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Closing my laptop with a sigh of relief, I pace into my bedroom as rain beats against the windows. I’m done with school for the day and have only one thing on my mind.

Tea in one hand, novel in the other, I settle under the covers of my bed and begin to read:

“Red,’ she whispered. ‘You don’t always have to be okay.’ She leaned closer and pressed a kiss to his cheek. He was still for a moment. But then he looked at her, and smiled, and murmured, “I know. But-”

“WHAT are you reading?” my sister asks.

I am snapped out of my rose-coloured daydream.

“Is that one of your stupid romances? You’re so weird.” She stalks out of the room, taking all the fun with her. 

Over the past couple of months, I have developed an insatiable appetite for romance novels. I stalk reviewers on YouTube, comb the shelves at Coles and Walmart and look through #booktok on TikTok searching for recommendations.

The people closest to me seem to think this is weird. Needless to say, I have had more than one encounter with people like my sister. People think romance is “sexual” and “gross.”

I have selected three recommendations that will prove to you that there are intelligent stories published under the genre of romance. These books were written by authors of different backgrounds who, combining witty dialogue and descriptive writing, tell you a love story. How could you go wrong with that?

Get a Life, Chloe Brown (The Brown Sisters #1) by Talia Hibbert follows the title character who shies away from adventure due to her chronic illness. After a near-death experience, she enlists the help of her apartment building’s maintenance man to check some items off of her bucket list. The two characters banter, open up to each other and eventually fall in love. Obviously.

The Honey-Don’t List by Christina Lauren, penned by a team of veteran romance authors, follows two couples, one just beginning and the other falling apart. This novel examines which relationships deserve saving and which ones need to be let go.

The Hideaway Inn (Seasons of New Hope #1) by Philip William Stover is an installment in Harlequin’s new LGBTQ+ line of romance novels. It follows an investor whose plans to flip the titular inn and sell it off before returning to life in NYC are derailed when he meets the inn’s gorgeous new chef.

These stories are chalk full of wit, humour and soul. They provide real insight into what healthy relationships look like for different types of people.

So, why do people write romance novels off without giving them a chance?

Romance as a genre has always been a traditionally feminine space, which results in it being thought of as silly and lacking intelligence. This school of thought mostly stems from society’s tendency to devalue femininity.

An essay in the BBC school report from the British School in the Netherlands discusses this issue pointedly. Sophie writes, “Why do we continually discourage children, especially tweens, from being feminine? The answer: femininity is seen as shallow and stupid. We instinctively relate femininity to makeup and high heels, to girls whose only goals are love, beauty and popularity…Society devalues girls, their actions, interests and thoughts.”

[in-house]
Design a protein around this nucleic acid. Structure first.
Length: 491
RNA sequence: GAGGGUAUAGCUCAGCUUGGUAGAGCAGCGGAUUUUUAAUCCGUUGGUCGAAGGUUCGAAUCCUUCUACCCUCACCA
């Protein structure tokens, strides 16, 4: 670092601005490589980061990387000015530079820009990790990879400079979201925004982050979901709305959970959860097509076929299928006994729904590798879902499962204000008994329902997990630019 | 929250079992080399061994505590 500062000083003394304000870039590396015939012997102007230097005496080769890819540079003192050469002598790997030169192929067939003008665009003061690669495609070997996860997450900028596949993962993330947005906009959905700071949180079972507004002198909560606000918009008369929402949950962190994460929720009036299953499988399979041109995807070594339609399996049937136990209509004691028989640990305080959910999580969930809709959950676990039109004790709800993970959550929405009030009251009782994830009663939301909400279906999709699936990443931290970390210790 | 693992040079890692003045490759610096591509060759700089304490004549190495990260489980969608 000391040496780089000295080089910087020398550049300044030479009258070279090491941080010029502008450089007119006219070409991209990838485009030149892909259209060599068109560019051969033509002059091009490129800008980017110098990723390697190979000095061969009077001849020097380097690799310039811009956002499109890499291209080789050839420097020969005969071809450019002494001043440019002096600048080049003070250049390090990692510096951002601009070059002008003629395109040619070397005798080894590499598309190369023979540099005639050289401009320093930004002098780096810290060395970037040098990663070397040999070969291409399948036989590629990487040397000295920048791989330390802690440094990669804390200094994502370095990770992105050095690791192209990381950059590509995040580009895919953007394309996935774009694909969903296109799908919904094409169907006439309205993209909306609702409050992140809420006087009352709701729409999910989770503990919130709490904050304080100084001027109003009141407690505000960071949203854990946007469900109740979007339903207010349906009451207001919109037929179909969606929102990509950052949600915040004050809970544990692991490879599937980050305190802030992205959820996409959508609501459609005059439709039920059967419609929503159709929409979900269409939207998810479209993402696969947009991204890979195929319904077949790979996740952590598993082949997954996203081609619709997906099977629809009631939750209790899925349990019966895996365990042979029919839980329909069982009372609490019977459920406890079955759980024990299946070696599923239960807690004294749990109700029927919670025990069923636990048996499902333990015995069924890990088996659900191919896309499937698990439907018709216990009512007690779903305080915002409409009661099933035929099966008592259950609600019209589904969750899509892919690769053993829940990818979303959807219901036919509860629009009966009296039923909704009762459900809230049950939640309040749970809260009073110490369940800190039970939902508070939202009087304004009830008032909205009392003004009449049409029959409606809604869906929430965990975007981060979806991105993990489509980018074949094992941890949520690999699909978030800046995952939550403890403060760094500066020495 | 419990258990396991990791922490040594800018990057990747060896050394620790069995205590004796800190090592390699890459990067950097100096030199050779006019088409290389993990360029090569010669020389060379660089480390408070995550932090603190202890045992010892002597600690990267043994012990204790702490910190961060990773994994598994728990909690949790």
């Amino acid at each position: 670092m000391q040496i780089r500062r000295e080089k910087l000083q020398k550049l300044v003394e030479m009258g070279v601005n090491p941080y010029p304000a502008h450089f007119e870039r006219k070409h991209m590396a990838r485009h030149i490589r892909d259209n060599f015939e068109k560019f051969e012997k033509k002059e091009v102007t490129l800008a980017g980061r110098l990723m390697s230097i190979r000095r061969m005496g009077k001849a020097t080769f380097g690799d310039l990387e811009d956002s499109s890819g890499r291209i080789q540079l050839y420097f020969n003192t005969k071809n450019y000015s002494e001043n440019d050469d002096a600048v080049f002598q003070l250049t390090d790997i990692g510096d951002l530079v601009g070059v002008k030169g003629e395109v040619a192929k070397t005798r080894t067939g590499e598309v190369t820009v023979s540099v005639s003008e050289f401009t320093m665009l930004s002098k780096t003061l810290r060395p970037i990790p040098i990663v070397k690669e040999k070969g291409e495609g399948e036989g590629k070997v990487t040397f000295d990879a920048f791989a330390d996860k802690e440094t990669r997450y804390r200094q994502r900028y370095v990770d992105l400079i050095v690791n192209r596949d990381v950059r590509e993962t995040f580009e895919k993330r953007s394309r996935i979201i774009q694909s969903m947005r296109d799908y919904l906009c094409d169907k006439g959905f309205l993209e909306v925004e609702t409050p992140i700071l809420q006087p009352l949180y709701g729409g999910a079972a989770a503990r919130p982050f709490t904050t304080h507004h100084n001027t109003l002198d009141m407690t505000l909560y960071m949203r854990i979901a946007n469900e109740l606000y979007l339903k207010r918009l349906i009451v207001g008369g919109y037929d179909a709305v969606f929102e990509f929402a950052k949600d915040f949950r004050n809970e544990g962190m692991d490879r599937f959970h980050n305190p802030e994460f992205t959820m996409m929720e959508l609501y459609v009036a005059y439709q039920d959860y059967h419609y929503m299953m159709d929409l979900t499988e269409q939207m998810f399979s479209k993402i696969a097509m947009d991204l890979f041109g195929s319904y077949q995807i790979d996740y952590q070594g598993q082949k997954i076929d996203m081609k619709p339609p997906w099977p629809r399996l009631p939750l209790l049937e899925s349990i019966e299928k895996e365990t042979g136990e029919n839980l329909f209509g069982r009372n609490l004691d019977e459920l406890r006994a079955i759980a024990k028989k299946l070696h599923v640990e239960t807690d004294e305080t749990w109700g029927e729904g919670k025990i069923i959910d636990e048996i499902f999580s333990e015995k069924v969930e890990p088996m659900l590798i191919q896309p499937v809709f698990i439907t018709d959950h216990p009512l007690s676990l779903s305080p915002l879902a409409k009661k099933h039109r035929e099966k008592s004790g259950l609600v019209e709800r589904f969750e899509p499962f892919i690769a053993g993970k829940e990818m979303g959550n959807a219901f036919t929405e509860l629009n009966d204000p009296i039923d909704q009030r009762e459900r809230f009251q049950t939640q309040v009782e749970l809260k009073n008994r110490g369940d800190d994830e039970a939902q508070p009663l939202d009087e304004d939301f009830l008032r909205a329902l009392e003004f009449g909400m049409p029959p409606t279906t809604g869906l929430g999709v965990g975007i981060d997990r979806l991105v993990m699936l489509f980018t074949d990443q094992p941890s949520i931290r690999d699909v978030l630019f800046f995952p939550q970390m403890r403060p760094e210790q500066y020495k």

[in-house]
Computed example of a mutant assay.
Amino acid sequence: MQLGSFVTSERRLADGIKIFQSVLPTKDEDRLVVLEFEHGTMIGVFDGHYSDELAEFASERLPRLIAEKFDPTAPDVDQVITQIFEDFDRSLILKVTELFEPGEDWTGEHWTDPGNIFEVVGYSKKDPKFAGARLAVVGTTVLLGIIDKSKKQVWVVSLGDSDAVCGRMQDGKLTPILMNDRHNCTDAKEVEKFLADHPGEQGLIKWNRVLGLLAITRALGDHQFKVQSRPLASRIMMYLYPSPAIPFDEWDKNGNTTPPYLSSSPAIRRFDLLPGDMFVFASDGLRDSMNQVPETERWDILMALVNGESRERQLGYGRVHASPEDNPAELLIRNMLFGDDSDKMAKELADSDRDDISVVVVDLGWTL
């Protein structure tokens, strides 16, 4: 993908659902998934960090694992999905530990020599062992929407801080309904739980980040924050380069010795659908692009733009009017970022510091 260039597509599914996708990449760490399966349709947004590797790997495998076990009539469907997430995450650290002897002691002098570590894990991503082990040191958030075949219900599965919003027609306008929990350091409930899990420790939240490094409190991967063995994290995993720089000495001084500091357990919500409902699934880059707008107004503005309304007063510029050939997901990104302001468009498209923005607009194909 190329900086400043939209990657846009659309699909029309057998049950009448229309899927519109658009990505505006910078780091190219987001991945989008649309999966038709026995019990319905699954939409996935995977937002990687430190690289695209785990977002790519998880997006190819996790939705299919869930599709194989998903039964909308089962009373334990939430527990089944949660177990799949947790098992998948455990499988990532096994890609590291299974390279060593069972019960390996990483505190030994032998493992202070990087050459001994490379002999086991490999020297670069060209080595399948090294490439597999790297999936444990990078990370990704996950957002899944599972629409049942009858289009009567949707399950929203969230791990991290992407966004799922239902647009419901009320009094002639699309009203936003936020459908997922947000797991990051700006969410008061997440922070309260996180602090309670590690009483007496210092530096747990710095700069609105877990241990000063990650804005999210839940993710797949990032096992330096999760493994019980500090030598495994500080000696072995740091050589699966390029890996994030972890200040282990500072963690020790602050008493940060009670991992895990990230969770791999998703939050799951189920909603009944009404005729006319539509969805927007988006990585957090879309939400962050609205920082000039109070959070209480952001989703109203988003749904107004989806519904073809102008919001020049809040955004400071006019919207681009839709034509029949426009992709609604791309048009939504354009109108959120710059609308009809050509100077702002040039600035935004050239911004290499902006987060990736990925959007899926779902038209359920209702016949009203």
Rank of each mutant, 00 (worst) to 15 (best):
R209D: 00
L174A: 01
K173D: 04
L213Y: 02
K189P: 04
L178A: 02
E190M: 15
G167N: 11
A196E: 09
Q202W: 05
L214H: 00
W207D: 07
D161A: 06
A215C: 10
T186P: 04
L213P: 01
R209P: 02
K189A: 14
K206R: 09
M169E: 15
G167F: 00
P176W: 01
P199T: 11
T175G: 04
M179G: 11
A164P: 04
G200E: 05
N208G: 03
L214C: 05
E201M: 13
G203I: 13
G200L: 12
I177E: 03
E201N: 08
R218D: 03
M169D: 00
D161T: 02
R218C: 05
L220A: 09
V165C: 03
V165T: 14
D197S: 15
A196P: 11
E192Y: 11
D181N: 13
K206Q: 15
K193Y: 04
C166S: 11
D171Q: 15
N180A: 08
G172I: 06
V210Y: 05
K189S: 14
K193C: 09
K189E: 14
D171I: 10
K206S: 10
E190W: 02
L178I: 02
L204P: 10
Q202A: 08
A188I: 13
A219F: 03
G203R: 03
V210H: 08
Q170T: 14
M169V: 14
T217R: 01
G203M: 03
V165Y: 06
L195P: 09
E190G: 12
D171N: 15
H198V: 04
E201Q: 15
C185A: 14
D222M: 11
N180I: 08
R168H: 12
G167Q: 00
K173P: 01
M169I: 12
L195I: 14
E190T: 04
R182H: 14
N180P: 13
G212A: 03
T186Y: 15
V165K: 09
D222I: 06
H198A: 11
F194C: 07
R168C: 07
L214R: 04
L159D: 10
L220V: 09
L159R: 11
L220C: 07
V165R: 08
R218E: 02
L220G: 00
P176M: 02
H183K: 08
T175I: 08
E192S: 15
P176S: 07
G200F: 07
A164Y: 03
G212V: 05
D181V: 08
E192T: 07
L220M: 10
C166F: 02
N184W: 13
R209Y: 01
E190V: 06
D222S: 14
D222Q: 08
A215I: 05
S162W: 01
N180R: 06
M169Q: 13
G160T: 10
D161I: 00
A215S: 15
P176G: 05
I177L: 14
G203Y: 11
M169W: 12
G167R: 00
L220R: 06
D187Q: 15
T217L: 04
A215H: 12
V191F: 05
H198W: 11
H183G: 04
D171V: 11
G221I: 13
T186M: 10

This idea echoes back to the views of Mary Wollstonecraft, who felt feminism was a social movement as well as political one. In “A Vindication of the Rights of Woman” Wollstonecraft dedicates a volume to M. Talleyrand-Périgord, Late Bishop of Autun, stating, “I have repeatedly asserted… that women cannot, by force, be confined to domestic concerns.”

Wollstonecraft composed this volume in response to the French Constitution of 1791. Its writings excluded women completely from political life and by extension, social life.

Women have been concerned that their interests are not taken seriously in society for 230 years. And yet, our world has been devaluing femininity for much longer than that.

Dismissing romance novels as vapid and unintelligent is just another way to dismiss femininity altogether. It is really sad too, because there are a lot of good reads out there.

My challenge to anyone who is weary of romance is to try out one of my recommendations. Step outside your comfort zone. Stop judging an entire genre because the bestsellers are repackaged Harry Styles fanfiction. (Also, we all read those on Wattpad at 4am when we were twelve. If you say differently, you’re a liar).

Take a load off and snuggle under the covers with Red Morgan’s muscular tattooed arms and Chloe’s stimulating wit. Beware of judgement from cocksure siblings. You have been warned.

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Angèle Hatton

Dalhousie '24

Angèle is a second year journalism student at the University of King's College who has always dreamed of being a writer. In her spare time, you'll find her listening to audiobooks, watching Gilmore Girls (again), or scouring the internet for rare squishmallows. In her opinion, you can never have too many.
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